“I wish I hadn’t had to,” I replied, “but I can’t let a comment like that go. I had in mind to take your parents with us to Tanzania and, yes, to India, too. But I can’t do that if there’s a risk that your father might upset the applecart by making inappropriate remarks in the hearing of people whose goodwill we need to cultivate. Apart from which—”

“I know, Hannice. I know, it’s just that—”

“He’s your father. I get that, and I respect him in so many ways. But, what’s been said has been said; I think he’s probably getting his whatsits chewed off by your mother right now. I’m not planning to take it any further, I won’t even ask for an apology. I’ve said my piece, and I think we all know where we stand. Okay?”

“Okay.”

Eddie and Martha came back with a tray of tea and biscuits. Martha looked hard and a little angry; Eddie had the look of a defeated man. I certainly didn’t plan on kicking him while he was down.

“Hannice, I owe you an apology,” he started.

“Water under the bridge, old chap,” I said, “water under the bridge.”

“See?” Martha said, “I told you he’d be a gentleman about it. Now, if you have such thoughts again, for goodness’ sake just keep them to yourself.”

“Yes dear.”

“Or better yet, don’t have such thoughts.”

“Yes dear.”

We drank our tea in silence. Once we’d finished, I turned to Eddie and said, “Would you like to see how I scan this letter and email it? You’ll be able to do the same with the kit you have at home. Unless you’ve done it already, of course, in which case there’s no need to see how I do it.”

“I know it can be done,” he said, “but I’ve never done it. Not yet, anyway. Do you scan it to Word?”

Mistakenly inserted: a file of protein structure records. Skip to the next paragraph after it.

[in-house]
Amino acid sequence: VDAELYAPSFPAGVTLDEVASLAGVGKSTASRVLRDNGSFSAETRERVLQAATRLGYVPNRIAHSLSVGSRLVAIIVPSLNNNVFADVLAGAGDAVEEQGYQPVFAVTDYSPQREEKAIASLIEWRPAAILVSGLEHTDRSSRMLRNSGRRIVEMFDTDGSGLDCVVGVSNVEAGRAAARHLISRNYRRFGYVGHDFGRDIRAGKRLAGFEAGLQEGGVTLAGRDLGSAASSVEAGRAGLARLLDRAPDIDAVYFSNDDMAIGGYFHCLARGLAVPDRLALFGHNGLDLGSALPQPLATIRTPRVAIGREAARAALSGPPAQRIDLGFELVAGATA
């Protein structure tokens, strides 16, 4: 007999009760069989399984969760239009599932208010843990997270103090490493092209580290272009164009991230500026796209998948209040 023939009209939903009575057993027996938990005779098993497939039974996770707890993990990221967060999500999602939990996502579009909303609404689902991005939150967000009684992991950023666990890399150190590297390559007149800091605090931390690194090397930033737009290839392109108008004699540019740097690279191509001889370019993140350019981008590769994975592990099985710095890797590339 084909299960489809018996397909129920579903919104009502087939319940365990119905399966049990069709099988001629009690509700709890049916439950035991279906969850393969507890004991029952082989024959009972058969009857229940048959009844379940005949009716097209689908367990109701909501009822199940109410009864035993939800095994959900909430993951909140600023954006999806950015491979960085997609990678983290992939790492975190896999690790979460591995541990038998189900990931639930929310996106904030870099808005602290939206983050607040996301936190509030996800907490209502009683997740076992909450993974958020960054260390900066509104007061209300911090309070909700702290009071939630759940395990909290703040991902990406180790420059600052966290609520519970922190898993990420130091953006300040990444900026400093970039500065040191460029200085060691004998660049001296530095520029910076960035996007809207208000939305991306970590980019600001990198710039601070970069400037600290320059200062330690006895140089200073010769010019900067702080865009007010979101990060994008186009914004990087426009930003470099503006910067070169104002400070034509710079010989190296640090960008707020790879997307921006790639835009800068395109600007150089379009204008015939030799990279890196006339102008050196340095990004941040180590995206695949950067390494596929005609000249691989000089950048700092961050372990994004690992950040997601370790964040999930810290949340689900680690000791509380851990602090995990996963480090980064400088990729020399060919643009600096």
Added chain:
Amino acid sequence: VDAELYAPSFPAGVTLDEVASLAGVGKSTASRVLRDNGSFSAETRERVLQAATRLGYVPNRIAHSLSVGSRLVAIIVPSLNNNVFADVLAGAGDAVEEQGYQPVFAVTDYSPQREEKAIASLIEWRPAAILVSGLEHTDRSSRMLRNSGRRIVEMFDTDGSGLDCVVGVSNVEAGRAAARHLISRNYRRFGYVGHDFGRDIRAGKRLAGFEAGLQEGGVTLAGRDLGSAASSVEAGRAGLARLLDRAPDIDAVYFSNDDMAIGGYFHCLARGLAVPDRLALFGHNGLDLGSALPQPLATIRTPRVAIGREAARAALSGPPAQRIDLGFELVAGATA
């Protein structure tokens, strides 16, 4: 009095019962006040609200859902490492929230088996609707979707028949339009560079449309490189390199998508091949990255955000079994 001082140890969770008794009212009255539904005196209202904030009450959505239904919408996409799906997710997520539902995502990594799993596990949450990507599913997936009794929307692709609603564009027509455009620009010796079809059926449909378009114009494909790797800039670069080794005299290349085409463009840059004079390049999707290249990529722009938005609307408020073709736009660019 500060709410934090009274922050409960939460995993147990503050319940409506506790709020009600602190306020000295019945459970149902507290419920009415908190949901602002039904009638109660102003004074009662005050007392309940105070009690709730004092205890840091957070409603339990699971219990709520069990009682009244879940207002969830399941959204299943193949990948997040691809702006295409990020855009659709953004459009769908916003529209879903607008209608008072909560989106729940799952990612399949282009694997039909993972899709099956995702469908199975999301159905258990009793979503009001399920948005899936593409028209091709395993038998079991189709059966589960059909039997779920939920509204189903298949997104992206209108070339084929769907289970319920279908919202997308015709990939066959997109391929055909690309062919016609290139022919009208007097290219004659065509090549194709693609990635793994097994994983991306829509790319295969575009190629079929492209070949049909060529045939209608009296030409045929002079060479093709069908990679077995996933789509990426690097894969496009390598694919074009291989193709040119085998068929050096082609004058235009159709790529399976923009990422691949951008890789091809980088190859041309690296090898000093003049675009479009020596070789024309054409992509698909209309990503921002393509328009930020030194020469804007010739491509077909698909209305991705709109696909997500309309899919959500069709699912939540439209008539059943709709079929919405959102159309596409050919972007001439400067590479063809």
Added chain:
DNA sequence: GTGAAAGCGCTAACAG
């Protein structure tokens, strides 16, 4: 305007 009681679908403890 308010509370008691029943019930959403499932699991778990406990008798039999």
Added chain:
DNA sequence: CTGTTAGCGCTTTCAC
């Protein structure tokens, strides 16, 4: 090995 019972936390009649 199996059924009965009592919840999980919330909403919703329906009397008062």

“You can,” I replied, “but I prefer to scan into a pdf document. Not everyone has the latest Word on their machine, but everyone can read pdf files.”

“Good point. Lead on, McDuff.”

And that’s how the situation was handled and defused.

Sunday serialisation – A Bump in the Knight, 6.2

In Knight & Deigh, confirmed bachelor and businessman Hannice Knight suffered a back injury that left him without the use of his legs. Sophie Deigh, physiotherapist and recent widow, devoted herself to supporting him.

On his father’s death, Hannice inherited a global business and great wealth. Then, together with Sophie, he embarked on a series of activities designed to give him some of the excitement and the freedoms that he felt he had missed out on, by being tied to his father’s business for two decades.

As Hannice’s body recovered, he became ever closer to Sophie, and found himself drifting into a relationship with her that neither had anticipated or intended, and for which neither was fully prepared.

This book follows Hannice’s new adventures as he tries to juggle business, hedonism, marriage and ultimately parenthood.

But all doesn’t go quite as he had planned…

Beginning on 14 January 2018, I am publishing Knight & Deigh here as a serial; one part each Sunday.


A Bump in the Knight. Chapter six, part two

Sophie arrived back from Cyprus with Kanene. Kanene had wanted to go straight back to Dar, but there were no direct flights, and the best options, flying via Doha or Dubai, involved lengthy waits in the relevant airports. Much as she was becoming a well-travelled young woman, Kanene didn’t have the confidence to make extended transits through foreign airports. She told Sophie she was worried about the language; her own English, while near-fluent, did let her down occasionally, especially so in pressure situations. Sophie pointed out that English is always spoken in large international hub airports, but she was afraid that the airport workers wouldn’t understand her East African accent, or she would have trouble with their Middle Eastern or Asian accents. Sophie pointed out to her that she had managed on her way to London with a change of plane, but she said she hated it.